Take Care of Yourself

One day long ago, I had finished up a first assessment meeting with a prospective client. On the way out, I told him, “Take care of yourself.” It’s a set of parting words that are frequently shortened to just “take care,” but basically it’s a parting formula that may or may not have a lot of meaning, just as we greet each other by saying “Hi, how are you doing,” when we don’t usually want to know how the person is doing.Self care photo for RCC blog

The next time I saw the new client, he told me “I really thought about what you said, and I’ve been doing it. It really helps.” I, of course, hadn’t remembered what I said, so I asked him to remind me. He said, “You told me to take care of myself.”

It’s a priority that sometimes slips, isn’t it? But we always need to remember that when the oxygen masks deploy due to an emergency, put your own mask on first. If I am to be of any use to anyone– including myself, much less others– I have to be functional at some level. Self care is what makes it happen. If I let myself go until I can’t take care of myself, then I’m not only unable to help others, someone else has to take care of me.

Where to start with self-care? Well, of course, you can start anywhere. I like the basic self-care checklist that AA newcomers are told about: HALT. Don’t get too Hungry, Angry, Lonely, or Tired. I like to spell it HALTT and add Thirsty as a fifth item on the self-care check list. I’ve known people who were big beer drinkers who were consuming 200 ounces or more of beer a day to wonder why they were so thirsty– and craving beer– when they quit. They didn’t drink water! Or any other water based beverage.

You don’t need to come down with a case of alcoholism to use this simple check list, though– take care of basic physical needs first. Feed yourself, preferably something healthy. If you crave sweets, eat sweet fruits; if you want to fill up on something, fill up on vegetables & whole grains.  For people in recovery from alcohol and drug addiction, the worst junk food you can find  is better than relapse, so cut yourself slack, especially in the first few weeks.

The Angry and Lonely part of the check list may seem harder to deal with at first, but it can be amazing what a healthy beverage and a couple hundred calories can do to someone’s mood. Likewise sleep– the ultimate “T” in tired. Some people say there’s a sleep deprivation epidemic in America, and I wouldn’t doubt it. My experience is that the power nap people are right– when you’re ready to drop, take that 10-15 minute nap. Better yet, get enough sleep. I recently talked to a high school student who complained “I’m sleeping too much– eight, sometimes nine hours a night.” If you look up recommendations for a healthy amount of sleep for a young adult, that’s about right. But people aren’t getting it.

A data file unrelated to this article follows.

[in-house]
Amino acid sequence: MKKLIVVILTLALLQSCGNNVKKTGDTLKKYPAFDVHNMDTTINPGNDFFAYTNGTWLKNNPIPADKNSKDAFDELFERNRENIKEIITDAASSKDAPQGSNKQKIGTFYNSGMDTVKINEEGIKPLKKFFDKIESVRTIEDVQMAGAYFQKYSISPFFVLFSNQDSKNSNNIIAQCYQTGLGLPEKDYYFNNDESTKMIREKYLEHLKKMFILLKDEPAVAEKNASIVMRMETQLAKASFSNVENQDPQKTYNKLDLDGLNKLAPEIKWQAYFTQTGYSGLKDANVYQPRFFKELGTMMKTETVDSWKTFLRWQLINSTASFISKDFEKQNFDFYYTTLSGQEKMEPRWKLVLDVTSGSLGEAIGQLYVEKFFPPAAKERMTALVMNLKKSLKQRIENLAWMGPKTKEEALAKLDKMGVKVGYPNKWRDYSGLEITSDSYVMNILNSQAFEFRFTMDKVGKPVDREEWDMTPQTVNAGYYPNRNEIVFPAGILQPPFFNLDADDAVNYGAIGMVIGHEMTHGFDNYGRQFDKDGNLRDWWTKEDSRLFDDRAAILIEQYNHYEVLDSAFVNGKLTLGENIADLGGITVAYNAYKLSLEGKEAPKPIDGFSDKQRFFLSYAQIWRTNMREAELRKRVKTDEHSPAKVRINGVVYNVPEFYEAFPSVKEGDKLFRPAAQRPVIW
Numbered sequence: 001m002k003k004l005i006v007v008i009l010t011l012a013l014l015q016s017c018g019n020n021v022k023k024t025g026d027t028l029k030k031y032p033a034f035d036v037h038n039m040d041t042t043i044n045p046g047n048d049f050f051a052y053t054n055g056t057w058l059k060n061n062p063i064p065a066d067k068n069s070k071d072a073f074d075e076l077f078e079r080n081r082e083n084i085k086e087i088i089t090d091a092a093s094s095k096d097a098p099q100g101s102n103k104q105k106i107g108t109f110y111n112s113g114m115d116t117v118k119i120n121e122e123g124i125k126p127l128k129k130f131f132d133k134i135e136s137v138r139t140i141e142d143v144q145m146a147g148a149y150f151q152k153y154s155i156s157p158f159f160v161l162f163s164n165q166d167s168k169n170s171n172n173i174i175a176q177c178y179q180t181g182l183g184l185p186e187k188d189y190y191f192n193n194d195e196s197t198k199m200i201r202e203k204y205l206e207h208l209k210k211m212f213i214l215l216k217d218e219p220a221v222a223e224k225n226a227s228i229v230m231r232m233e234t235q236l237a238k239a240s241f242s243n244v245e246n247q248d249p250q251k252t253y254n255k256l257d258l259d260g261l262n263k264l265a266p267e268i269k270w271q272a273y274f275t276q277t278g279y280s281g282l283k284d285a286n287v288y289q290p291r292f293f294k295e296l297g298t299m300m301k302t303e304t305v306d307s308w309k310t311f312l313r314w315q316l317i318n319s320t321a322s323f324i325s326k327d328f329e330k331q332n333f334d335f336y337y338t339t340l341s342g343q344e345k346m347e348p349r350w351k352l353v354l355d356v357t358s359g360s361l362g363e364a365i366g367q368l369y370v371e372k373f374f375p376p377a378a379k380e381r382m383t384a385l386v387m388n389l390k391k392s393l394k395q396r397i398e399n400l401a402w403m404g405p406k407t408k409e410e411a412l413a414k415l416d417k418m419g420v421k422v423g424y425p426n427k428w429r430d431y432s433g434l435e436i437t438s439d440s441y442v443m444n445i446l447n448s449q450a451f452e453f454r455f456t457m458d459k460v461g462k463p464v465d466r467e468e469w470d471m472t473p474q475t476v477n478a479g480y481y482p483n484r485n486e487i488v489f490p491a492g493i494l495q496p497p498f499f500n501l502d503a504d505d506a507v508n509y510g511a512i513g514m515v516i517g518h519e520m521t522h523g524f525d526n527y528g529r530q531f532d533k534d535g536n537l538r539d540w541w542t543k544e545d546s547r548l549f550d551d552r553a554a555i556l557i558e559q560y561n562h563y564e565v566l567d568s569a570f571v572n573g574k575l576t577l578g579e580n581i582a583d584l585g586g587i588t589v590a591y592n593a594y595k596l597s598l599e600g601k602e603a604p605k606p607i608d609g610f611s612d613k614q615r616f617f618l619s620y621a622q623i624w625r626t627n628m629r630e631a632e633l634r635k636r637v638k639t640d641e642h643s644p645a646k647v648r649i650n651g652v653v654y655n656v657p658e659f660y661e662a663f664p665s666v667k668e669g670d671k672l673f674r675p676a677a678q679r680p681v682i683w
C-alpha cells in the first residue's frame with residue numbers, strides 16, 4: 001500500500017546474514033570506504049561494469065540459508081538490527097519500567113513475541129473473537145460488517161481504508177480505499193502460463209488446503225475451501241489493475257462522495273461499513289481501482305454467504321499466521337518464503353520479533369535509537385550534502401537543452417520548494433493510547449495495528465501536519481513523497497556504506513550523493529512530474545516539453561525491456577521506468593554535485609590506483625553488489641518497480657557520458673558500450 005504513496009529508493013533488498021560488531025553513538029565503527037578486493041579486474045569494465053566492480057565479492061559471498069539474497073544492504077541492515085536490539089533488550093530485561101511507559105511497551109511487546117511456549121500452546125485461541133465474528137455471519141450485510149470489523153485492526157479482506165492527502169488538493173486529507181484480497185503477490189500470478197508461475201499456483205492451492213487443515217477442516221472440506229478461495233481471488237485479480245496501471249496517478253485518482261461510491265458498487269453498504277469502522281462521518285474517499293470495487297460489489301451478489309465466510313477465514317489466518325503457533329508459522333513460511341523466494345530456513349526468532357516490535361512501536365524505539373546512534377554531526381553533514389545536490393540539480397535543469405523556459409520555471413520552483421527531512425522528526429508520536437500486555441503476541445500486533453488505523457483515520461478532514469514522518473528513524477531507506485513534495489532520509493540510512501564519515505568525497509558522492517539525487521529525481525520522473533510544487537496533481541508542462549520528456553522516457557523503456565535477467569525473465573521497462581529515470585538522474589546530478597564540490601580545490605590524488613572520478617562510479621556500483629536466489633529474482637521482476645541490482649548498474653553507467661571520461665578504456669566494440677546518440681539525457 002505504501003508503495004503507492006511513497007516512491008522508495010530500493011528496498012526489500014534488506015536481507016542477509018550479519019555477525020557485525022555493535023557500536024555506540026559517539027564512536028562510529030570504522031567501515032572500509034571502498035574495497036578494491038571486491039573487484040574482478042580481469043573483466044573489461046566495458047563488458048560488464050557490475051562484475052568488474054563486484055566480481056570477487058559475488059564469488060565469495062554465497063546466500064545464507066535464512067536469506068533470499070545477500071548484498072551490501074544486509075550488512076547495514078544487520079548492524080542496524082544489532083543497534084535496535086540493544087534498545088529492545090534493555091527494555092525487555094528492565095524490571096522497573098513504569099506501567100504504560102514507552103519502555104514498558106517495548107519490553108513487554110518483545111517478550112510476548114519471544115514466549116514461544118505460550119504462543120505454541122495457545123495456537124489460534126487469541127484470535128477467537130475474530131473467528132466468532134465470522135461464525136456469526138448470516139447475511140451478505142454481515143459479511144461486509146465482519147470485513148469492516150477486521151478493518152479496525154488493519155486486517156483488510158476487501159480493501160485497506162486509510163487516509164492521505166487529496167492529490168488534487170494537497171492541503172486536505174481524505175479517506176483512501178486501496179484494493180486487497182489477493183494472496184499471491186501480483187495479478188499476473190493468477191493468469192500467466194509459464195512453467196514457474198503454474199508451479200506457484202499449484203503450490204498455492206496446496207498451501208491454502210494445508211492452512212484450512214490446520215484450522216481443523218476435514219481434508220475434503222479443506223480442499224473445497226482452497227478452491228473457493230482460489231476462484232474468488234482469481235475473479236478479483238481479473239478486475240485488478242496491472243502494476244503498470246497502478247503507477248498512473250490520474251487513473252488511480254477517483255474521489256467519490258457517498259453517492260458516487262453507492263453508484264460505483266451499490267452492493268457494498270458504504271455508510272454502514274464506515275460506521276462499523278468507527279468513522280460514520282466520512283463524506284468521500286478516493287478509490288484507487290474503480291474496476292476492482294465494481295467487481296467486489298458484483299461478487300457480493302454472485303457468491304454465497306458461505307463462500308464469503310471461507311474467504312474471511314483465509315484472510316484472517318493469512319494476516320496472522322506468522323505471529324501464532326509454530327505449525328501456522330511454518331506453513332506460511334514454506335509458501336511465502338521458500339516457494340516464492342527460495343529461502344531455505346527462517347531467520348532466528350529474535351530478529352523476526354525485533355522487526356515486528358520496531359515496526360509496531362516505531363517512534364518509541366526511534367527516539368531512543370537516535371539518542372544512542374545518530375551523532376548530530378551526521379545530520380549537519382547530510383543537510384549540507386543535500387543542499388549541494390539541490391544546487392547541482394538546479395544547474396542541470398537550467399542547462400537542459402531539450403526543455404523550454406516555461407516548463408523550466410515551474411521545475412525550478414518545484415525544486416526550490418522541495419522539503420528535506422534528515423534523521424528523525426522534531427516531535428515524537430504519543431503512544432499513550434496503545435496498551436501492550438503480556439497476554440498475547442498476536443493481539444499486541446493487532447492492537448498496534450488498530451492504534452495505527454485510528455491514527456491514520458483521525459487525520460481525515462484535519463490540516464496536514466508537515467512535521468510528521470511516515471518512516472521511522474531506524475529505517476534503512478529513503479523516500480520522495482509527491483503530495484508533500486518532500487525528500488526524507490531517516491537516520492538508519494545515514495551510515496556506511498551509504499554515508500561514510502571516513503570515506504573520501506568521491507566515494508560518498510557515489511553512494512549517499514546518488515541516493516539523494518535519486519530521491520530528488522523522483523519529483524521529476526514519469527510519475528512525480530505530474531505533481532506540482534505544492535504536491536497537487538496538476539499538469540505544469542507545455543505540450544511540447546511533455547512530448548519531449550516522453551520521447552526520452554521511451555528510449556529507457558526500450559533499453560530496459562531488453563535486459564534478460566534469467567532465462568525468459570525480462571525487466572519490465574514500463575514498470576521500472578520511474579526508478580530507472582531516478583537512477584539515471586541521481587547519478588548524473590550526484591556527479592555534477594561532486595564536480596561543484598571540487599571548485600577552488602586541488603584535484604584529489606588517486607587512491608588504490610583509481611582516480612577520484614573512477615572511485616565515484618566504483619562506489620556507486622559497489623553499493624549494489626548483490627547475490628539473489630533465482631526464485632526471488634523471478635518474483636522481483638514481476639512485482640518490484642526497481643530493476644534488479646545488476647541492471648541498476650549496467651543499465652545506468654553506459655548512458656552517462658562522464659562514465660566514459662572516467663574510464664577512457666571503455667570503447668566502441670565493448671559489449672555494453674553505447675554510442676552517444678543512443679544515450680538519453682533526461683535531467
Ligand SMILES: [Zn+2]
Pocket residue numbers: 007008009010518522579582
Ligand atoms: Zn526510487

Finally we come to the Lonely part. For many people, that’s the tough one.  If you’re really alone and have no one, you don’t have to be in crisis to call for help. The San Francisco Warm Line, for example,

http://mentalhealthsf.org/programs/peer-run-warm-line/

is open to talking about pretty much anything. It  doesn’t have to be a crisis. Also, they’re now open at 7 a.m. weekdays, according to the volunteer I just spoke with. The volunteer also gave the number of a 24 hour warm line in Cincinnati, (513) 931-9276. I verified the number & verified with the volunteer who answered the phone that they are 24 hour.

In the wee hours, there’s the San Francisco Night Ministry,

http://www.sfnightministry.org/

And their crisis line is open from 10 p.m. to 4 a.m. (415) 441-0123

Again, they’re not going to hang up on you if your problem isn’t big enough for them.

There’s also San Francisco Suicide Prevention, (415) 781-0500

http://www.sfsuicide.org/

And they, like some of the other folks, have online chat part of the time, as well as some other more specialized numbers (check the web site). I know from personal acquaintance with a volunteer that they take calls that are short of “I’ve got a gun to my head and the phone in my other hand” serious. but they’re also trained for crisis calls.

Let’s not forget simpler self-care steps, however. some times it’s enough to just get your laptop (or a book, if you’re old school) and spend some time in a cafe. It can help just to be around people. For all the 12-steppers, it can the time to hit a meeting. If you’re part of a faith community, now’s the time to connect more closely.

For others, however, the very opposite problem can crop up this time of year– getting over-saturated with people time. Know yourself, and know when a little quality alone time would help you compensate for getting peopled-out. For parties, this can mean arriving early and leaving early. For family gatherings, this can mean taking ten minutes on the back porch or a walk around the block (depending on the weather), or even a trip to the bathroom to freshen up (and yes, guys are allowed to freshen up in this case!).

Whatever else goes on in this holiday season, take care of yourself. I mean it– it’s not a throw away phrase.

Do you have a special thing you do to take care of yourself– that you would share with others? 

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About jamesmatter

Marriage and Family Therapist (MFT) in private practice in San Francisco. I work with adults, adolescents, and couples, with focus on substance use and abuse and co-occurring disorders (having both a mental illness and an addiction).
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